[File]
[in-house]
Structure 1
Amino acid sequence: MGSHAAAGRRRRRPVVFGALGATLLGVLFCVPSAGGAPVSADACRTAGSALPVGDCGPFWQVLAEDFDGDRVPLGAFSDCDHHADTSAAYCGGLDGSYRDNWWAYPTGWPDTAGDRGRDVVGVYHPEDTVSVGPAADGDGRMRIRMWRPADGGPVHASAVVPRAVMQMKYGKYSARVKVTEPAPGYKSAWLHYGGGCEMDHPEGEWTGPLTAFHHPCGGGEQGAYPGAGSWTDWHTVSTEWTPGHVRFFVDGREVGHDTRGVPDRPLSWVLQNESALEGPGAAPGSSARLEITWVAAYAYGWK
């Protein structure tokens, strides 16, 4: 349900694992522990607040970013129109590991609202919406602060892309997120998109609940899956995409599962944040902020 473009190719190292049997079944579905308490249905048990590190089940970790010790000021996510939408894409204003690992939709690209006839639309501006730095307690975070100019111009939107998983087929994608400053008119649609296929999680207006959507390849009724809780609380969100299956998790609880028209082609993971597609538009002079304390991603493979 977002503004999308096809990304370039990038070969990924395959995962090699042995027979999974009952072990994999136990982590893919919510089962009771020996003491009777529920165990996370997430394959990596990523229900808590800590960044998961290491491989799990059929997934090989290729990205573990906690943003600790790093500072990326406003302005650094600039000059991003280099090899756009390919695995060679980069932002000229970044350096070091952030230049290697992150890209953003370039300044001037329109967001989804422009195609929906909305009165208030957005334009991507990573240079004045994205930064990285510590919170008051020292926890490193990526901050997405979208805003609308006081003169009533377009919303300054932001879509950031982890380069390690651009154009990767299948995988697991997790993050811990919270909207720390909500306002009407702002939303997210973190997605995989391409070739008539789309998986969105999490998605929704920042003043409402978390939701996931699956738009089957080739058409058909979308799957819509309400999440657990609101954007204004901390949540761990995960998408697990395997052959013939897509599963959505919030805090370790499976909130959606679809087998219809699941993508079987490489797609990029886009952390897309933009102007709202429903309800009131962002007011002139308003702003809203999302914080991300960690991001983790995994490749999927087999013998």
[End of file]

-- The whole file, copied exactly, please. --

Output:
[in-house]
Structure 1
Amino acid sequence: MGSHAAAGRRRRRPVVFGALGATLLGVLFCVPSAGGAPVSADACRTAGSALPVGDCGPFWQVLAEDFDGDRVPLGAFSDCDHHADTSAAYCGGLDGSYRDNWWAYPTGWPDTAGDRGRDVVGVYHPEDTVSVGPAADGDGRMRIRMWRPADGGPVHASAVVPRAVMQMKYGKYSARVKVTEPAPGYKSAWLHYGGGCEMDHPEGEWTGPLTAFHHPCGGGEQGAYPGAGSWTDWHTVSTEWTPGHVRFFVDGREVGHDTRGVPDRPLSWVLQNESALEGPGAAPGSSARLEITWVAAYAYGWK
């Protein structure tokens, strides 16, 4: 349900694992522990607040970013129109590991609202919406602060892309997120998109609940899956995409599962944040902020 473009190719190292049997079944579905308490249905048990590190089940970790010790000021996510939408894409204003690992939709690209006839639309501006730095307690975070100019111009939107998983087929994608400053008119649609296929999680207006959507390849009724809780609380969100299956998790609880028209082609993971597609538009002079304390991603493979 977002503004999308096809990304370039990038070969990924395959995962090699042995027979999974009952072990994999136990982590893919919510089962009771020996003491009777529920165990996370997430394959990596990523229900808590800590960044998961290491491989799990059929997934090989290729990205573990906690943003600790790093500072990326406003302005650094600039000059991003280099090899756009390919695995060679980069932002000229970044350096070091952030230049290697992150890209953003370039300044001037329109967001989804422009195609929906909305009165208030957005334009991507990573240079004045994205930064990285510590919170008051020292926890490193990526901050997405979208805003609308006081003169009533377009919303300054932001879509950031982890380069390690651009154009990767299948995988697991997790993050811990919270909207720390909500306002009407702002939303997210973190997605995989391409070739008539789309998986969105999490998605929704920042003043409402978390939701996931699956738009089957080739058409058909979308799957819509309400999440657990609101954007204004901390949540761990995960998408697990395997052959013939897509599963959505919030805090370790499976909130959606679809087998219809699941993508079987490489797609990029886009952390897309933009102007709202429903309800009131962002007011002139308003702003809203999302914080991300960690991001983790995994490749999927087999013998």